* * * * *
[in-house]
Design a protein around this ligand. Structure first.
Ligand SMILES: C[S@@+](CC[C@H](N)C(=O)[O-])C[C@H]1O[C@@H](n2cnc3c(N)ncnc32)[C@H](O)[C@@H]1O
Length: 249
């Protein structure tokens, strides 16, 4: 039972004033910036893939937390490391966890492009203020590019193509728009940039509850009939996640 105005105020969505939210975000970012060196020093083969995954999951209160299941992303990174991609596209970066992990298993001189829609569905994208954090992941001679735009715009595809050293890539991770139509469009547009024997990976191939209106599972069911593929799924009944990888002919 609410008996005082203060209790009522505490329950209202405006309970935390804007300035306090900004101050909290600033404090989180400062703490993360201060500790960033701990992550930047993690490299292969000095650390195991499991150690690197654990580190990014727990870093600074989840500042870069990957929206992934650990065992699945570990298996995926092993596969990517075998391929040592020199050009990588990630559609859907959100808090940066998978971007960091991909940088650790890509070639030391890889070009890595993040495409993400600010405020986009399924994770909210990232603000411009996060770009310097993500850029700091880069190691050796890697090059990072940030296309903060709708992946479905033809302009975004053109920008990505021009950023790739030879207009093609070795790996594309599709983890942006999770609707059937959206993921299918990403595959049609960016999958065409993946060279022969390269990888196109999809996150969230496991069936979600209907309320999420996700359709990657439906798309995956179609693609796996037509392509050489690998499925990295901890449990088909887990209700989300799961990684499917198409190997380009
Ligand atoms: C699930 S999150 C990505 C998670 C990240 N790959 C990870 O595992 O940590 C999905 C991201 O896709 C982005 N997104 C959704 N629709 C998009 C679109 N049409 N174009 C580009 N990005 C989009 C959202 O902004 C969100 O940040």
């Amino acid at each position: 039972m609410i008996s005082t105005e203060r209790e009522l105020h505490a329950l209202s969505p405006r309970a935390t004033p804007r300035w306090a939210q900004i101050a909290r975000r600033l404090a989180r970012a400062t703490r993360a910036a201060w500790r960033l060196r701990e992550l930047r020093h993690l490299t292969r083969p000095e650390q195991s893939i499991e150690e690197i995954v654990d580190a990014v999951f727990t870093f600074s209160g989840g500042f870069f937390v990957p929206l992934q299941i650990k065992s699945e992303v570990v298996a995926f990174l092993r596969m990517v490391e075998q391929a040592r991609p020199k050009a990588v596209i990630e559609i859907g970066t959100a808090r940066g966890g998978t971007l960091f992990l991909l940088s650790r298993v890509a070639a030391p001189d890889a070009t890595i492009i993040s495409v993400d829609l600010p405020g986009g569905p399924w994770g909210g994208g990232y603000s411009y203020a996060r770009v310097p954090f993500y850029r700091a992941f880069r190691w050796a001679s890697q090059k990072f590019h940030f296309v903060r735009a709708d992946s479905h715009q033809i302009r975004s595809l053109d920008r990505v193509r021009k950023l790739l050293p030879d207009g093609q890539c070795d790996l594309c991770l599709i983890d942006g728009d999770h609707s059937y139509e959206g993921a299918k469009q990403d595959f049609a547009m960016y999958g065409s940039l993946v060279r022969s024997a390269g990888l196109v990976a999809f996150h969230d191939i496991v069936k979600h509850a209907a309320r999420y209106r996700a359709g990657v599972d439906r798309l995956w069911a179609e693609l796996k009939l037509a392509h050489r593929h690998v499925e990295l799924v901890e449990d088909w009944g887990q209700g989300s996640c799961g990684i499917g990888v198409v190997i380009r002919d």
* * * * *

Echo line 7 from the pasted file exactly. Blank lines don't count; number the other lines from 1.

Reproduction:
């Amino acid at each position: 039972m609410i008996s005082t105005e203060r209790e009522l105020h505490a329950l209202s969505p405006r309970a935390t004033p804007r300035w306090a939210q900004i101050a909290r975000r600033l404090a989180r970012a400062t703490r993360a910036a201060w500790r960033l060196r701990e992550l930047r020093h993690l490299t292969r083969p000095e650390q195991s893939i499991e150690e690197i995954v654990d580190a990014v999951f727990t870093f600074s209160g989840g500042f870069f937390v990957p929206l992934q299941i650990k065992s699945e992303v570990v298996a995926f990174l092993r596969m990517v490391e075998q391929a040592r991609p020199k050009a990588v596209i990630e559609i859907g970066t959100a808090r940066g966890g998978t971007l960091f992990l991909l940088s650790r298993v890509a070639a030391p001189d890889a070009t890595i492009i993040s495409v993400d829609l600010p405020g986009g569905p399924w994770g909210g994208g990232y603000s411009y203020a996060r770009v310097p954090f993500y850029r700091a992941f880069r190691w050796a001679s890697q090059k990072f590019h940030f296309v903060r735009a709708d992946s479905h715009q033809i302009r975004s595809l053109d920008r990505v193509r021009k950023l790739l050293p030879d207009g093609q890539c070795d790996l594309c991770l599709i983890d942006g728009d999770h609707s059937y139509e959206g993921a299918k469009q990403d595959f049609a547009m960016y999958g065409s940039l993946v060279r022969s024997a390269g990888l196109v990976a999809f996150h969230d191939i496991v069936k979600h509850a209907a309320r999420y209106r996700a359709g990657v599972d439906r798309l995956w069911a179609e693609l796996k009939l037509a392509h050489r593929h690998v499925e990295l799924v901890e449990d088909w009944g887990q209700g989300s996640c799961g990684i499917g990888v198409v190997i380009r002919d």